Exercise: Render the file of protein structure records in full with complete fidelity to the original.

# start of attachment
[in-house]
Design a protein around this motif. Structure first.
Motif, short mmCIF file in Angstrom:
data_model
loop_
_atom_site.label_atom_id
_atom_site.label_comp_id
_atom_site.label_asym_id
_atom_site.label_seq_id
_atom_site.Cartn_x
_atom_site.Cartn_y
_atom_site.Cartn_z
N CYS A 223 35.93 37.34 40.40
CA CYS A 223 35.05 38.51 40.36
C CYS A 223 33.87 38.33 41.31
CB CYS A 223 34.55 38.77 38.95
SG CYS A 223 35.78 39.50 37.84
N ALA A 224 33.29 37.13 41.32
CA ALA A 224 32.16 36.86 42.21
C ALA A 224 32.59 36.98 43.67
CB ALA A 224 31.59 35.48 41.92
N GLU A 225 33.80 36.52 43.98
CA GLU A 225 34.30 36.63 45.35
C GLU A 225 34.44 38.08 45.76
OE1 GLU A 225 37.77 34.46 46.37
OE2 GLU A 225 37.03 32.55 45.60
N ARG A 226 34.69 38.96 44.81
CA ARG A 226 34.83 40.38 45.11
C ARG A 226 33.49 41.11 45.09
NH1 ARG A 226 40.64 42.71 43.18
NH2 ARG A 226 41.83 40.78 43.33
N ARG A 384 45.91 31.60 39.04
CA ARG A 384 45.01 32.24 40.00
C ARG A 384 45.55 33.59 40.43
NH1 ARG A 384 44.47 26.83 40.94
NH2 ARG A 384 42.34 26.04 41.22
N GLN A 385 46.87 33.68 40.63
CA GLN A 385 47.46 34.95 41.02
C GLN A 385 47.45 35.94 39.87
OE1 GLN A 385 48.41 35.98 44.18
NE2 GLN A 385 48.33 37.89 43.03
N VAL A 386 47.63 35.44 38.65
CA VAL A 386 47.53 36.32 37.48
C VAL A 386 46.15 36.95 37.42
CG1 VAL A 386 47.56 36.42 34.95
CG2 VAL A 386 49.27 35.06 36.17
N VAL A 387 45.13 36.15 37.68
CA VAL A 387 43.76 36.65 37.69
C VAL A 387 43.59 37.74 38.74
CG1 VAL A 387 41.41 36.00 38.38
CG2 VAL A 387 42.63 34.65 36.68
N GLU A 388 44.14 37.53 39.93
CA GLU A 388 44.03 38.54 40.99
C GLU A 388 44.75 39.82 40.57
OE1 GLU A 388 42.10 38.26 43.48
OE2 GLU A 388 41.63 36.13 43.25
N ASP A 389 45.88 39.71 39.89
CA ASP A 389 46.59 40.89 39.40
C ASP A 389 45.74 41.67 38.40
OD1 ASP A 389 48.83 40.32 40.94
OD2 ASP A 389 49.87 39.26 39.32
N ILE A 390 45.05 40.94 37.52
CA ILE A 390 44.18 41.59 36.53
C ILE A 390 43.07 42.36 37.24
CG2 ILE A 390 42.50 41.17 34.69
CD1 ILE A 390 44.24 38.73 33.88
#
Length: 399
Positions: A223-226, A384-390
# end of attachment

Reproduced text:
[in-house]
Design a protein around this motif. Structure first.
Motif, short mmCIF file in Angstrom:
data_model
loop_
_atom_site.label_atom_id
_atom_site.label_comp_id
_atom_site.label_asym_id
_atom_site.label_seq_id
_atom_site.Cartn_x
_atom_site.Cartn_y
_atom_site.Cartn_z
N CYS A 223 35.93 37.34 40.40
CA CYS A 223 35.05 38.51 40.36
C CYS A 223 33.87 38.33 41.31
CB CYS A 223 34.55 38.77 38.95
SG CYS A 223 35.78 39.50 37.84
N ALA A 224 33.29 37.13 41.32
CA ALA A 224 32.16 36.86 42.21
C ALA A 224 32.59 36.98 43.67
CB ALA A 224 31.59 35.48 41.92
N GLU A 225 33.80 36.52 43.98
CA GLU A 225 34.30 36.63 45.35
C GLU A 225 34.44 38.08 45.76
OE1 GLU A 225 37.77 34.46 46.37
OE2 GLU A 225 37.03 32.55 45.60
N ARG A 226 34.69 38.96 44.81
CA ARG A 226 34.83 40.38 45.11
C ARG A 226 33.49 41.11 45.09
NH1 ARG A 226 40.64 42.71 43.18
NH2 ARG A 226 41.83 40.78 43.33
N ARG A 384 45.91 31.60 39.04
CA ARG A 384 45.01 32.24 40.00
C ARG A 384 45.55 33.59 40.43
NH1 ARG A 384 44.47 26.83 40.94
NH2 ARG A 384 42.34 26.04 41.22
N GLN A 385 46.87 33.68 40.63
CA GLN A 385 47.46 34.95 41.02
C GLN A 385 47.45 35.94 39.87
OE1 GLN A 385 48.41 35.98 44.18
NE2 GLN A 385 48.33 37.89 43.03
N VAL A 386 47.63 35.44 38.65
CA VAL A 386 47.53 36.32 37.48
C VAL A 386 46.15 36.95 37.42
CG1 VAL A 386 47.56 36.42 34.95
CG2 VAL A 386 49.27 35.06 36.17
N VAL A 387 45.13 36.15 37.68
CA VAL A 387 43.76 36.65 37.69
C VAL A 387 43.59 37.74 38.74
CG1 VAL A 387 41.41 36.00 38.38
CG2 VAL A 387 42.63 34.65 36.68
N GLU A 388 44.14 37.53 39.93
CA GLU A 388 44.03 38.54 40.99
C GLU A 388 44.75 39.82 40.57
OE1 GLU A 388 42.10 38.26 43.48
OE2 GLU A 388 41.63 36.13 43.25
N ASP A 389 45.88 39.71 39.89
CA ASP A 389 46.59 40.89 39.40
C ASP A 389 45.74 41.67 38.40
OD1 ASP A 389 48.83 40.32 40.94
OD2 ASP A 389 49.87 39.26 39.32
N ILE A 390 45.05 40.94 37.52
CA ILE A 390 44.18 41.59 36.53
C ILE A 390 43.07 42.36 37.24
CG2 ILE A 390 42.50 41.17 34.69
CD1 ILE A 390 44.24 38.73 33.88
#
Length: 399
Positions: A223-226, A384-390